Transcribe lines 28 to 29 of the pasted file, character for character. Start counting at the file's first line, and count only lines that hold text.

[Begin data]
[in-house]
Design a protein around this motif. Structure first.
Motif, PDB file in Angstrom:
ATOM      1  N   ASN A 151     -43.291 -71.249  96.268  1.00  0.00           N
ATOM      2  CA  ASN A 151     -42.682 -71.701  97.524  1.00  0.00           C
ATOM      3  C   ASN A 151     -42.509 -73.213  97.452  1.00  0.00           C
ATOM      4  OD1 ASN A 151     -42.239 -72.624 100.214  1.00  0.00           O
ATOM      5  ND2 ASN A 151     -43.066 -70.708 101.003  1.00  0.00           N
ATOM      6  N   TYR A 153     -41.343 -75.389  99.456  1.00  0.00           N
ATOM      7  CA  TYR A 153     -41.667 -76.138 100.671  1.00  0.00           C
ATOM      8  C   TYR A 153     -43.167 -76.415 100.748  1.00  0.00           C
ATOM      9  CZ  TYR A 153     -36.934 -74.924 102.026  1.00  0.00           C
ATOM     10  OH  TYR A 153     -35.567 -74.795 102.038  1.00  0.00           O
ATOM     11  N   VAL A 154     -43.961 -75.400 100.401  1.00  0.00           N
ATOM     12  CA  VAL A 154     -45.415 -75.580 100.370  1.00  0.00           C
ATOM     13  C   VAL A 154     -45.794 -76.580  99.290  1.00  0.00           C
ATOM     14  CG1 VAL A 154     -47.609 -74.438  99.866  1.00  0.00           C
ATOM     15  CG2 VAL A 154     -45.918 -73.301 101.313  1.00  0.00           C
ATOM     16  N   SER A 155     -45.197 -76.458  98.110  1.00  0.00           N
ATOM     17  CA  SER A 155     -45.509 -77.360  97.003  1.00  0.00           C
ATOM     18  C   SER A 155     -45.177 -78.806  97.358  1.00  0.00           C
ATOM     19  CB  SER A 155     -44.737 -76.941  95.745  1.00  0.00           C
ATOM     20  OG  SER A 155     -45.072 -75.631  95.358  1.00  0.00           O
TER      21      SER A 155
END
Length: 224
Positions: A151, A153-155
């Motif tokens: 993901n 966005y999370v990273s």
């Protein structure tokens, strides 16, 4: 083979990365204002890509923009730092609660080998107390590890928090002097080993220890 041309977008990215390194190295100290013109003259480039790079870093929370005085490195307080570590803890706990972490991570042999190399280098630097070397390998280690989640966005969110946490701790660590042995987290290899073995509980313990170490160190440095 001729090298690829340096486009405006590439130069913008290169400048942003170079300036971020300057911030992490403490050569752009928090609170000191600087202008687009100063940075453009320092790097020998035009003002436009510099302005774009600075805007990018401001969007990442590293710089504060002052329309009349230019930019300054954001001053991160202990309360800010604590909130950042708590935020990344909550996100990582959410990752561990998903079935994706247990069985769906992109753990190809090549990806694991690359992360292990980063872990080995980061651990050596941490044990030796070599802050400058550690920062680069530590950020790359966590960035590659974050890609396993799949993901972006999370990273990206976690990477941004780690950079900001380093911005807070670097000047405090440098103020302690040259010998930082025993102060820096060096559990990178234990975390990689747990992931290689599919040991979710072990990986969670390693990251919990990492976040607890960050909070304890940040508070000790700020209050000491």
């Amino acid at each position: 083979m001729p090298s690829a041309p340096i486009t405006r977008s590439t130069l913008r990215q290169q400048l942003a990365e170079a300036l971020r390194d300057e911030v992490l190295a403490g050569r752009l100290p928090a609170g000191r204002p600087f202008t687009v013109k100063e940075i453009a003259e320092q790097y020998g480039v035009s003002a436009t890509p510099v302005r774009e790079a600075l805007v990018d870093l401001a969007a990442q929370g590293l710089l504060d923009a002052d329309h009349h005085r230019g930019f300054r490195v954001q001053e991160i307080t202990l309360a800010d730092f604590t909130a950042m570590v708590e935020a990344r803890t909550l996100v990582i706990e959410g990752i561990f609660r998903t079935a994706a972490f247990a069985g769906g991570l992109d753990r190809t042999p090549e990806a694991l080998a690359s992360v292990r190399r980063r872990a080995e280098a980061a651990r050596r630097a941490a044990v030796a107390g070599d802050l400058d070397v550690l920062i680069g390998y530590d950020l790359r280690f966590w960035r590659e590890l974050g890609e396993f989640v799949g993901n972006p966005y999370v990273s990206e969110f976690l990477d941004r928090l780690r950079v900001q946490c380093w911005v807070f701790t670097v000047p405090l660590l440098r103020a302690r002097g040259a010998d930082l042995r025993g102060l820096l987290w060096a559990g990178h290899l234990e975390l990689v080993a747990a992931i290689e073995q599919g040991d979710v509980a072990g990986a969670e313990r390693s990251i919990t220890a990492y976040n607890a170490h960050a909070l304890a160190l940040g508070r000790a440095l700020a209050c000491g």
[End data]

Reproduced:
């Motif tokens: 993901n 966005y999370v990273s």
């Protein structure tokens, strides 16, 4: 083979990365204002890509923009730092609660080998107390590890928090002097080993220890 041309977008990215390194190295100290013109003259480039790079870093929370005085490195307080570590803890706990972490991570042999190399280098630097070397390998280690989640966005969110946490701790660590042995987290290899073995509980313990170490160190440095 001729090298690829340096486009405006590439130069913008290169400048942003170079300036971020300057911030992490403490050569752009928090609170000191600087202008687009100063940075453009320092790097020998035009003002436009510099302005774009600075805007990018401001969007990442590293710089504060002052329309009349230019930019300054954001001053991160202990309360800010604590909130950042708590935020990344909550996100990582959410990752561990998903079935994706247990069985769906992109753990190809090549990806694991690359992360292990980063872990080995980061651990050596941490044990030796070599802050400058550690920062680069530590950020790359966590960035590659974050890609396993799949993901972006999370990273990206976690990477941004780690950079900001380093911005807070670097000047405090440098103020302690040259010998930082025993102060820096060096559990990178234990975390990689747990992931290689599919040991979710072990990986969670390693990251919990990492976040607890960050909070304890940040508070000790700020209050000491």